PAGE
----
Public Safety

New Chief at Fire Authority’s Helm

Beginning at the New Year, Thom Porter will serve as the Cal Fire San Diego unit chief and the San Diego County Regional Fire Authority chief.

He is replacing Howard Windsor, who retired at the end of December. Porter’s most recent assignment was staff chief at the Southern Operations Center in Riverside, but he is a fourth generation San Diegan and considers himself grounded in this county. Even while working in Riverside for the past three years, Porter maintained his home and family here, as well as his connections with Cal Fire, the County of San Diego and other regional fire agencies.

“I have a strong affinity for the backcountry and wildland emergency and environmental issues,” said Porter, 43. “At Cal Fire, our mission is not only protecting citizens, but also the environment, and this goes hand-in-hand with my beliefs and upbringing.”

Before his promotion led him to Riverside, Porter served as the chair of the Forest Area Safety Task Force and worked with Cal Fire and the County to plan the San Diego County Regional Fire Authority.

Created in 2008, the Regional Fire Authority set out to improve fire protection and emergency medical services in the region by unifying 15 rural fire agencies and extending 24-hour service to 1.56 million acres of the unincorporated county. As part of the group that helped found the Authority, Porter was involved in setting goals for its first years. In his new role, he will see those goals through.

“I had input early on and I have kept in touch (with my colleagues at Cal Fire and the county),” he said. “Over the next three months, I’ll be gathering more information about where we actually are with the Fire Authority Phase 1 and 2 goals and looking at what we need to do to move toward implementing Phase 3.”

The Fire Authority phases lay out a plan for consolidating 1.56 million acres in the backcountry that have historically been served by a patchwork of firefighting and emergency medical services. Some areas previously only had limited or part-time “on call” protection.

PHASE I: The areas served by volunteer fire companies that were not associated with a County service area, including De Luz, Intermountain, Ocotillo Wells, Ranchita, Shelter Valley, and Sunshine Summit, were merged under the San Diego County Fire Authority. This reorganization encompassed approximately 942,000 acres, which represented roughly 60 percent of the Authority’s target area.

PHASE II: The boundaries of the County service areas for Mt. Laguna, Palomar Mountain, Boulevard, Campo, and San Pasqual will be dissolved and the territories will be merged with the San Diego County Fire Authority. This reorganization, combined with Step I above will encompass approximately one million acres, or roughly 70 percent of the Authority’s target area.

PHASE III: The existing Rural Fire Protection District (FPD) and Pine Valley FPD will be considered for future reorganization into the San Diego County Fire Authority. This combined with Steps 1 and 2 will complete the target area.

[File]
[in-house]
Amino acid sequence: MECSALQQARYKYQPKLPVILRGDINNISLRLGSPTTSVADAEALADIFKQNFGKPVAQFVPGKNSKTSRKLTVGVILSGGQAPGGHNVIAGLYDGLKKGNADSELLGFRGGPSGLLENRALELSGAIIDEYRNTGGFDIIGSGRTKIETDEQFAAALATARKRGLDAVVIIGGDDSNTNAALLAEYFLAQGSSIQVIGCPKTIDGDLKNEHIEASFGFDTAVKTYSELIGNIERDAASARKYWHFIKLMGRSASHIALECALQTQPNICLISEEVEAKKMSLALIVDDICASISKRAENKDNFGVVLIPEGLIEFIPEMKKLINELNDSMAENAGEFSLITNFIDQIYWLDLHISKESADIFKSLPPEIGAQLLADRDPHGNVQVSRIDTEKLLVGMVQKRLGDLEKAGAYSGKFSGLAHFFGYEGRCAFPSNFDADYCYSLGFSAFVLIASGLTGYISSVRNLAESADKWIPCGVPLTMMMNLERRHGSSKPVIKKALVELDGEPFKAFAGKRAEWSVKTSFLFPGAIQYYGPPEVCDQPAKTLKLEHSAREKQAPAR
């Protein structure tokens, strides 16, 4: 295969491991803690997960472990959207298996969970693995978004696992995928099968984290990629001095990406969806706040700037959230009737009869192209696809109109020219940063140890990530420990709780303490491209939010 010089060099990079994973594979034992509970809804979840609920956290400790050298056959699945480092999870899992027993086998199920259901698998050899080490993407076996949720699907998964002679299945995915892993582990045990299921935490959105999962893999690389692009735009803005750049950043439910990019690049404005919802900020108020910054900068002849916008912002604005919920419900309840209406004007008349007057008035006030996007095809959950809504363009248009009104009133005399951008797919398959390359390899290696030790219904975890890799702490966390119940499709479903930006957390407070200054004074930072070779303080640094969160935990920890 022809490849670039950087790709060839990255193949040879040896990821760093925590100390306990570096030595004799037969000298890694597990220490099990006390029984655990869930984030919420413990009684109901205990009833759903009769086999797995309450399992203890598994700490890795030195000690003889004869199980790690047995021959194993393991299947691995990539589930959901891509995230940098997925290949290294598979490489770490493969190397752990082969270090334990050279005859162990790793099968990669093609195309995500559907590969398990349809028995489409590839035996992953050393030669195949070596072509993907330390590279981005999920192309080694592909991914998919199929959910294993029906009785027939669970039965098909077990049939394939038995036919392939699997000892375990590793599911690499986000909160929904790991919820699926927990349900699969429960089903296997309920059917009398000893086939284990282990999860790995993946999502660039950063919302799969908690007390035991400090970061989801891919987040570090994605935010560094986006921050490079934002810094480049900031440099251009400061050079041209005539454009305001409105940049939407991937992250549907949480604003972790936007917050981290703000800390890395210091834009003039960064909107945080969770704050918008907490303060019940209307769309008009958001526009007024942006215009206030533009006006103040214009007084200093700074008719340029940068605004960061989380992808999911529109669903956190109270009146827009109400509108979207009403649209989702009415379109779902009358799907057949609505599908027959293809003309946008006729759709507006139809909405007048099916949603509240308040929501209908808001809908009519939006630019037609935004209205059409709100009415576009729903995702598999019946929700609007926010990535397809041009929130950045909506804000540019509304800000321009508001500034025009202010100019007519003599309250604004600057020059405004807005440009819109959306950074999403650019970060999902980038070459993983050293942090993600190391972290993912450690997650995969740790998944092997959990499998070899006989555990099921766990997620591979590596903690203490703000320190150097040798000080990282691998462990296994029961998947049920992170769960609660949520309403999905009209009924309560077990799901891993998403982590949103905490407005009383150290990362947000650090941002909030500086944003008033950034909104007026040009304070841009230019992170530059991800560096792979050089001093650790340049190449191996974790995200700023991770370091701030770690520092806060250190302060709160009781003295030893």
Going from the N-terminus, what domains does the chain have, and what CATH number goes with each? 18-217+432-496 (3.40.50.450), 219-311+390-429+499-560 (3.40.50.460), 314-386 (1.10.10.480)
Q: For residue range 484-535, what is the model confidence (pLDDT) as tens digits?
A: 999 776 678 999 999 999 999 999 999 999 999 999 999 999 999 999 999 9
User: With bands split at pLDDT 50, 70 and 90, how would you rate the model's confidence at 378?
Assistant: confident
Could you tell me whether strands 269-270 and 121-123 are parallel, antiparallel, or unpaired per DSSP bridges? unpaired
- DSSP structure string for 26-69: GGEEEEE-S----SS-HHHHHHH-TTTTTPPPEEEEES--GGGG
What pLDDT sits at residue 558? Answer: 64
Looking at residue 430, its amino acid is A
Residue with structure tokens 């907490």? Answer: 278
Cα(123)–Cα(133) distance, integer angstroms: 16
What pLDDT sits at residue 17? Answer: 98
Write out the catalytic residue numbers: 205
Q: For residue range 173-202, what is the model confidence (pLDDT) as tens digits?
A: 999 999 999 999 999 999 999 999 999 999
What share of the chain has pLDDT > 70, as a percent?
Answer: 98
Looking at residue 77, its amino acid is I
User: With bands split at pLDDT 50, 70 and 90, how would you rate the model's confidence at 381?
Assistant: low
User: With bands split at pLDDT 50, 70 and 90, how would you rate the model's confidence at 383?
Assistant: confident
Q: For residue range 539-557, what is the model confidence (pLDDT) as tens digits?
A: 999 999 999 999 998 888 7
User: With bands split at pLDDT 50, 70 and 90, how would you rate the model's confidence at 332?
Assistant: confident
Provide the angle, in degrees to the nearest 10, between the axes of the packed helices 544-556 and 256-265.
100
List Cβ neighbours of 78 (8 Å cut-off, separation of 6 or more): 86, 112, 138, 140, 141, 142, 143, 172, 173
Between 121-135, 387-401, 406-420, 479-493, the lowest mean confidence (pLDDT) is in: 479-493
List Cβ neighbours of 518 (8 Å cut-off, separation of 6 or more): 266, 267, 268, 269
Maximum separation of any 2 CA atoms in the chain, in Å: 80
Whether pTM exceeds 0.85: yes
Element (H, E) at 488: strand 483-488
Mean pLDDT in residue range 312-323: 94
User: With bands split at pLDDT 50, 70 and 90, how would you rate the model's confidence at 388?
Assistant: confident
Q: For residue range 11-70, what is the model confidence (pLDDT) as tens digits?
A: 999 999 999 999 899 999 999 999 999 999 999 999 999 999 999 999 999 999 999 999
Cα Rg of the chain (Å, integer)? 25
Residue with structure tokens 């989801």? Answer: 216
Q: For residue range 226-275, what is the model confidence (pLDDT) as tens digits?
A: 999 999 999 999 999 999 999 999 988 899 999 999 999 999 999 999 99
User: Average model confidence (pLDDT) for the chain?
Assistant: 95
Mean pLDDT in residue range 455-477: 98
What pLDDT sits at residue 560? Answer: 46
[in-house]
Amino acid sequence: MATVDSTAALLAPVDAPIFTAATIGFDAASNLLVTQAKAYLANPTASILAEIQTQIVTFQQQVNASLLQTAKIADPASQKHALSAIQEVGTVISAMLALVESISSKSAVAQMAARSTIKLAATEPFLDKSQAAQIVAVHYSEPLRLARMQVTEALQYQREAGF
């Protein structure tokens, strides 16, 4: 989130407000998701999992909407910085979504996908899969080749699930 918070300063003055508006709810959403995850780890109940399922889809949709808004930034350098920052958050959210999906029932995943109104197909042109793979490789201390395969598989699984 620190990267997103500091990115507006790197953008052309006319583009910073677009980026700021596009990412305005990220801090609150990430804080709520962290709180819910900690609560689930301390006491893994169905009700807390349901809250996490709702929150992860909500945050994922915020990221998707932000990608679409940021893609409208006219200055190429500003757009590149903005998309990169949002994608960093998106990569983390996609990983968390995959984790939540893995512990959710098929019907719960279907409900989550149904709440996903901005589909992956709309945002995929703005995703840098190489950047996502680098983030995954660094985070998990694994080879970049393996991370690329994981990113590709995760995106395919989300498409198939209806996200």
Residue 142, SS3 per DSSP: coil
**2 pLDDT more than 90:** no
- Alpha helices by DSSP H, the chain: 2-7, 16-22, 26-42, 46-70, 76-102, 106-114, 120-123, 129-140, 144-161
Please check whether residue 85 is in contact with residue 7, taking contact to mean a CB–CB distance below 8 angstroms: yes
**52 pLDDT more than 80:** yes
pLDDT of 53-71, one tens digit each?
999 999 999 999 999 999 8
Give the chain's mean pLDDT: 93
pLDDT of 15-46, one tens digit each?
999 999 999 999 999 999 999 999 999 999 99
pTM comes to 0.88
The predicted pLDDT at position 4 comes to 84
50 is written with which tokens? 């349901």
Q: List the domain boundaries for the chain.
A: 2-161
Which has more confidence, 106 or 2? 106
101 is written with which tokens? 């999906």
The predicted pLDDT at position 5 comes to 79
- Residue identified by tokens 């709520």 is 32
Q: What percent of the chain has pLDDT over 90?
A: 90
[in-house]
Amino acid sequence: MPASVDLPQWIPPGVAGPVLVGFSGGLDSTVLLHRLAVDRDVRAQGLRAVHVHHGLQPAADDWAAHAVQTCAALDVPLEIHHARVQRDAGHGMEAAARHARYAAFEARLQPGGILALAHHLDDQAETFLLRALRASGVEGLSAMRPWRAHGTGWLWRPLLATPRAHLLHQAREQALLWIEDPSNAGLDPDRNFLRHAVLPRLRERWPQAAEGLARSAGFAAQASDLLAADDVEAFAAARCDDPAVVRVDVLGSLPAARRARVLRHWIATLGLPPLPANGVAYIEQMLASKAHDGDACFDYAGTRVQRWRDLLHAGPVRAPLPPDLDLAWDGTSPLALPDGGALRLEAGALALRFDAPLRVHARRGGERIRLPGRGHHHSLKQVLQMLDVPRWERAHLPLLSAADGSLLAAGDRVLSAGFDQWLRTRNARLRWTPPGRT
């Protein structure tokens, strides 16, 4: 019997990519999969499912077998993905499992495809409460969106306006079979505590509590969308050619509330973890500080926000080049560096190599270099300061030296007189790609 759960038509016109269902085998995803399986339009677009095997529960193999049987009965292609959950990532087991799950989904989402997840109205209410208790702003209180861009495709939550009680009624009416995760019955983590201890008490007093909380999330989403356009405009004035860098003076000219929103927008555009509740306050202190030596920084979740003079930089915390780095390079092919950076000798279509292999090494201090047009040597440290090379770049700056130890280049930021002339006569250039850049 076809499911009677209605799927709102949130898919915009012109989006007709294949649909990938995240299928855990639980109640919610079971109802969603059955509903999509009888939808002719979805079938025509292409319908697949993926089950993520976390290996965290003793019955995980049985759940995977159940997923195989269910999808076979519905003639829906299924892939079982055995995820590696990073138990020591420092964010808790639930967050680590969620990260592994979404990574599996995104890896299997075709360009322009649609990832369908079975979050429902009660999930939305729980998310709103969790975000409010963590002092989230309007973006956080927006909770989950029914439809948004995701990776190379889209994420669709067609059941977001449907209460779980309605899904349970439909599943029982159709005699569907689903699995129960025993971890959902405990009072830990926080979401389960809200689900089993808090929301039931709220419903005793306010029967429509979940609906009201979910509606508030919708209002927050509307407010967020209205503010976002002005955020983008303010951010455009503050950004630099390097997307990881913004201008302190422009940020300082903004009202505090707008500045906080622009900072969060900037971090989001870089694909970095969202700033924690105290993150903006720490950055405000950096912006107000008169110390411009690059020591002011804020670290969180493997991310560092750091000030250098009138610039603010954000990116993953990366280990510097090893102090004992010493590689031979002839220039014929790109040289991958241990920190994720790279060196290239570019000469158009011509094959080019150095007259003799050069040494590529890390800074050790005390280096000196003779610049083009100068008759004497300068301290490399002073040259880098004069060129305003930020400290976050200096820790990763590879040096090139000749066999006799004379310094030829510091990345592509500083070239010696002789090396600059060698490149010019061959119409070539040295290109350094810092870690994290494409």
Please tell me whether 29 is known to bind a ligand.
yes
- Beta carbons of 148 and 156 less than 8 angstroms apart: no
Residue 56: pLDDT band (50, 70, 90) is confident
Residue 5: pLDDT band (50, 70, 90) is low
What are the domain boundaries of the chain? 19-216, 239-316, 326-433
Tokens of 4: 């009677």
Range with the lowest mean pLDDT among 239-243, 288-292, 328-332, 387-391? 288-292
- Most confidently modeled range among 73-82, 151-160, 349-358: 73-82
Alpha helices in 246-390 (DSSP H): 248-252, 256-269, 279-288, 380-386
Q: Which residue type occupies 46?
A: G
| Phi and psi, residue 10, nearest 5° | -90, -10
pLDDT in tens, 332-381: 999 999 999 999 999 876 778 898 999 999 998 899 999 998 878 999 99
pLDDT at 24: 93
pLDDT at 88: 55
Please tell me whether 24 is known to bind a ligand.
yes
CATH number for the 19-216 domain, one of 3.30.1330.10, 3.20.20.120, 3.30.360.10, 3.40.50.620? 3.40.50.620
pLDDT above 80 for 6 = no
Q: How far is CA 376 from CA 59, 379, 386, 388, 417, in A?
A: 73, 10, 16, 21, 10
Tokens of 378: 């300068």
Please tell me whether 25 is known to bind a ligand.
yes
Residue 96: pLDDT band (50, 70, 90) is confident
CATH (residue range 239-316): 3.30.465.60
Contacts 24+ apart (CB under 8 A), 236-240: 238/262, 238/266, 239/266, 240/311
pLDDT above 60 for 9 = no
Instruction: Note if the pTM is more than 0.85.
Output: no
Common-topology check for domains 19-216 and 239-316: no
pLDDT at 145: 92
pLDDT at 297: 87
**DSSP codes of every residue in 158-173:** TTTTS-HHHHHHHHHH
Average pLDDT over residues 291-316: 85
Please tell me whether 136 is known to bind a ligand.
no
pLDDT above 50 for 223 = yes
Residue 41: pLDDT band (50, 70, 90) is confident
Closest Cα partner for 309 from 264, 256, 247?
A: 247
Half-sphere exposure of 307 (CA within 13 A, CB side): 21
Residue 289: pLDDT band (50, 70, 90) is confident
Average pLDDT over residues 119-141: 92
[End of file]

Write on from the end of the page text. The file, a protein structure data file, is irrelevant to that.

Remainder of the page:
Gathering so many firefighting agencies under one umbrella is not an easy task, but Porter said he’s suited to the challenge.

“I have a lot of experience in bringing people together. The County is the contracting agency but I see us as partners and I will work cooperatively and corroboratively with Cal Fire, Fire Authority staff and agency participants to further develop our cooperative working relationship to better serve the citizens of San Diego County and the natural environment of the area,” said Porter. “I think we have a unique opportunity in San Diego to really thread together programs and services to efficiently meet the mission of the Fire Authority while meeting the mission of the state on the Cal Fire side.”

Porter said he is looking forward to working on the next phases of this developing regional fire protection agency.

“I’ve had some time to work in a very broad-scale regional program and now I’m coming back to a local situation with a lot of new ideas and new contacts regionally and statewide,” he said.

Generally, Porter said his interest in the fire service was shaped by growing up in Julian. Although very young, he remembers the Laguna Fire of 1970 and the response that was required to deal with that emergency.

“What I remember most about it was the plume of smoke and how for three days it loomed to the south of Julian and kept moving west. It was a significantly scary event for a child. It consumed every day (looking at the smoke),” he said.

Throughout his childhood and teenage years, Porter remembers always being on edge and attuned to any kind of fire activity. When you live in the backcountry, you have to be ready to get up and go or act in the event of a fire, he said. This led to his interest in learning how to manage and protect the area where he grew up. Later, he studied forest management at the University of California, Berkeley and obtained his bachelor’s degree.

“At that point, I started to realize that Cal Fire offered a career in just that,” Porter said.

Porter started his career with Cal Fire in February 1999 and was assigned to San Diego Unit in 2001 where he worked the 2003 and 2007 fire sieges.

Yvette Urrea Moe is a communications specialist with the County of San Diego Communications Office. Contact